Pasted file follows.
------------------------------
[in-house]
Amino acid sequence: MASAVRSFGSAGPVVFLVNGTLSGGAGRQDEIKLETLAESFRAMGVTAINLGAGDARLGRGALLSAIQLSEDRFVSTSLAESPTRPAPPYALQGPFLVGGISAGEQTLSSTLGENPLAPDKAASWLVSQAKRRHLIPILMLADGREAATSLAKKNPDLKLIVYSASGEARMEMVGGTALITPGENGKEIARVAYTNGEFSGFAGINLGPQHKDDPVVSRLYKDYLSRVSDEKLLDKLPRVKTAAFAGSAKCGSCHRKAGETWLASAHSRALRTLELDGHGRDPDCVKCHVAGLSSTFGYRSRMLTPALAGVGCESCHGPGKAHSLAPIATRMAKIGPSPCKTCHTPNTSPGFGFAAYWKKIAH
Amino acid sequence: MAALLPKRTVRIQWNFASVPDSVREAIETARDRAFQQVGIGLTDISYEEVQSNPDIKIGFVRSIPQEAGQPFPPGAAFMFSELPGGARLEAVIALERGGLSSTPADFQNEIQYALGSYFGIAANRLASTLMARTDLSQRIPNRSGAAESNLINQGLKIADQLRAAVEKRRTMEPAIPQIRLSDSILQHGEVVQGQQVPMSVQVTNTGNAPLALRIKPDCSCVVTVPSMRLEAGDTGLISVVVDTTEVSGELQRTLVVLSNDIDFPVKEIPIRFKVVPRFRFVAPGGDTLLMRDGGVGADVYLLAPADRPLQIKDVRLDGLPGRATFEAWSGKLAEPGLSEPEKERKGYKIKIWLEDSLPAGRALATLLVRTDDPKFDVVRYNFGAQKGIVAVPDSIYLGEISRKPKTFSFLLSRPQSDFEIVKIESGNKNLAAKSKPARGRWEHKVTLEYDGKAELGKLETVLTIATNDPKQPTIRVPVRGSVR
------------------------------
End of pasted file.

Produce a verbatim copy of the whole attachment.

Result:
[in-house]
Amino acid sequence: MASAVRSFGSAGPVVFLVNGTLSGGAGRQDEIKLETLAESFRAMGVTAINLGAGDARLGRGALLSAIQLSEDRFVSTSLAESPTRPAPPYALQGPFLVGGISAGEQTLSSTLGENPLAPDKAASWLVSQAKRRHLIPILMLADGREAATSLAKKNPDLKLIVYSASGEARMEMVGGTALITPGENGKEIARVAYTNGEFSGFAGINLGPQHKDDPVVSRLYKDYLSRVSDEKLLDKLPRVKTAAFAGSAKCGSCHRKAGETWLASAHSRALRTLELDGHGRDPDCVKCHVAGLSSTFGYRSRMLTPALAGVGCESCHGPGKAHSLAPIATRMAKIGPSPCKTCHTPNTSPGFGFAAYWKKIAH
Amino acid sequence: MAALLPKRTVRIQWNFASVPDSVREAIETARDRAFQQVGIGLTDISYEEVQSNPDIKIGFVRSIPQEAGQPFPPGAAFMFSELPGGARLEAVIALERGGLSSTPADFQNEIQYALGSYFGIAANRLASTLMARTDLSQRIPNRSGAAESNLINQGLKIADQLRAAVEKRRTMEPAIPQIRLSDSILQHGEVVQGQQVPMSVQVTNTGNAPLALRIKPDCSCVVTVPSMRLEAGDTGLISVVVDTTEVSGELQRTLVVLSNDIDFPVKEIPIRFKVVPRFRFVAPGGDTLLMRDGGVGADVYLLAPADRPLQIKDVRLDGLPGRATFEAWSGKLAEPGLSEPEKERKGYKIKIWLEDSLPAGRALATLLVRTDDPKFDVVRYNFGAQKGIVAVPDSIYLGEISRKPKTFSFLLSRPQSDFEIVKIESGNKNLAAKSKPARGRWEHKVTLEYDGKAELGKLETVLTIATNDPKQPTIRVPVRGSVR